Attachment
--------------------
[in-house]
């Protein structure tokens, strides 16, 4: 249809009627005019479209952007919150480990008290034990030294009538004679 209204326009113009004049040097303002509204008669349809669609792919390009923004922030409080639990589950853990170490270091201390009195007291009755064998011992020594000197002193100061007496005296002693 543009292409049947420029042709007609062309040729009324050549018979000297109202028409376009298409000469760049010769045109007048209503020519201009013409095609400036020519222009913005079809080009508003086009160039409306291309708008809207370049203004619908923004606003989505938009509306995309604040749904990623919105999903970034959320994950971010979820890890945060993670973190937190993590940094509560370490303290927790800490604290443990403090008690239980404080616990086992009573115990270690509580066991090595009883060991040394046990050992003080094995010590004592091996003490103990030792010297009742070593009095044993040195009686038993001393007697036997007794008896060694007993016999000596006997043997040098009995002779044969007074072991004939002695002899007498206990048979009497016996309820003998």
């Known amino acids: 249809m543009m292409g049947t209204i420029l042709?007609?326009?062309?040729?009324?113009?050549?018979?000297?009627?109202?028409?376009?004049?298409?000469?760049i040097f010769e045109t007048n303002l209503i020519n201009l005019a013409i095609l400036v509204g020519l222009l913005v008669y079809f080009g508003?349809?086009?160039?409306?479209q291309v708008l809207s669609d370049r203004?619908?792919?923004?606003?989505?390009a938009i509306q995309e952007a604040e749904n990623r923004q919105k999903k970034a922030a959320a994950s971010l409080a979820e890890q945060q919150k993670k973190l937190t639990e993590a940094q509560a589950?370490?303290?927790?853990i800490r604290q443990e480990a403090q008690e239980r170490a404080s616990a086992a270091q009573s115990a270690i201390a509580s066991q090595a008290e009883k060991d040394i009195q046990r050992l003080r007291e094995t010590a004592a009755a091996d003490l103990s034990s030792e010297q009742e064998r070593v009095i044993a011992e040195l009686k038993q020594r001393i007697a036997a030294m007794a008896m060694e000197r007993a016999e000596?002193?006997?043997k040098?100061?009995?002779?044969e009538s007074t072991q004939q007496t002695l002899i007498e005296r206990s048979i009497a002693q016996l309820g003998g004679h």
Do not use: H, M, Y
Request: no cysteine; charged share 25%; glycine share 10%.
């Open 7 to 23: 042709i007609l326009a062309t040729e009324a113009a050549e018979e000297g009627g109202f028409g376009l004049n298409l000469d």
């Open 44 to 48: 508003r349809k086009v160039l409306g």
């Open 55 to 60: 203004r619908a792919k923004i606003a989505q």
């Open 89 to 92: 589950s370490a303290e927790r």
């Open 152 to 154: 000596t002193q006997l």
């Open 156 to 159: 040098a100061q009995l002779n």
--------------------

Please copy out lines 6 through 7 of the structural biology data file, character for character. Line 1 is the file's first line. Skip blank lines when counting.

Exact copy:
């Open 7 to 23: 042709i007609l326009a062309t040729e009324a113009a050549e018979e000297g009627g109202f028409g376009l004049n298409l000469d």
């Open 44 to 48: 508003r349809k086009v160039l409306g």